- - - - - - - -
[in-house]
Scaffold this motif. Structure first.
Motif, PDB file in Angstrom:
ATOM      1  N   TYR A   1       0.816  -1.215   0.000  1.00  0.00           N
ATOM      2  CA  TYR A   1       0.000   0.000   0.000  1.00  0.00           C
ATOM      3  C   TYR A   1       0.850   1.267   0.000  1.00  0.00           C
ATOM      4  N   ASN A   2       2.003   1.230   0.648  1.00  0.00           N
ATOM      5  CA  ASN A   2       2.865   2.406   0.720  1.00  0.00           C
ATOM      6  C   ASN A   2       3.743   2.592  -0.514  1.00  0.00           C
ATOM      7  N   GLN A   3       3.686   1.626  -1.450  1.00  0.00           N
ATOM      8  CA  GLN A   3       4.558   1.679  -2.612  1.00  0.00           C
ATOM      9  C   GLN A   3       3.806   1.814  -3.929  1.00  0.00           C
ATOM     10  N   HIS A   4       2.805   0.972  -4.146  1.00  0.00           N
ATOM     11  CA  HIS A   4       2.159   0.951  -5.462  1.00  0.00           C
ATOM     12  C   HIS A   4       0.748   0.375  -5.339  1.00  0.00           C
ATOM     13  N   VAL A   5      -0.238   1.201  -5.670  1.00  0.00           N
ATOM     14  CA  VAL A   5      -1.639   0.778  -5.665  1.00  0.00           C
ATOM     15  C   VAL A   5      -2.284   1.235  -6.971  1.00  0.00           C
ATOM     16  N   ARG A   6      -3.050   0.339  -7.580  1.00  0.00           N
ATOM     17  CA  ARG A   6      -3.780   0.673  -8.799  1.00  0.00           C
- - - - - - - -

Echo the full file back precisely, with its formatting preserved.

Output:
[in-house]
Scaffold this motif. Structure first.
Motif, PDB file in Angstrom:
ATOM      1  N   TYR A   1       0.816  -1.215   0.000  1.00  0.00           N
ATOM      2  CA  TYR A   1       0.000   0.000   0.000  1.00  0.00           C
ATOM      3  C   TYR A   1       0.850   1.267   0.000  1.00  0.00           C
ATOM      4  N   ASN A   2       2.003   1.230   0.648  1.00  0.00           N
ATOM      5  CA  ASN A   2       2.865   2.406   0.720  1.00  0.00           C
ATOM      6  C   ASN A   2       3.743   2.592  -0.514  1.00  0.00           C
ATOM      7  N   GLN A   3       3.686   1.626  -1.450  1.00  0.00           N
ATOM      8  CA  GLN A   3       4.558   1.679  -2.612  1.00  0.00           C
ATOM      9  C   GLN A   3       3.806   1.814  -3.929  1.00  0.00           C
ATOM     10  N   HIS A   4       2.805   0.972  -4.146  1.00  0.00           N
ATOM     11  CA  HIS A   4       2.159   0.951  -5.462  1.00  0.00           C
ATOM     12  C   HIS A   4       0.748   0.375  -5.339  1.00  0.00           C
ATOM     13  N   VAL A   5      -0.238   1.201  -5.670  1.00  0.00           N
ATOM     14  CA  VAL A   5      -1.639   0.778  -5.665  1.00  0.00           C
ATOM     15  C   VAL A   5      -2.284   1.235  -6.971  1.00  0.00           C
ATOM     16  N   ARG A   6      -3.050   0.339  -7.580  1.00  0.00           N
ATOM     17  CA  ARG A   6      -3.780   0.673  -8.799  1.00  0.00           C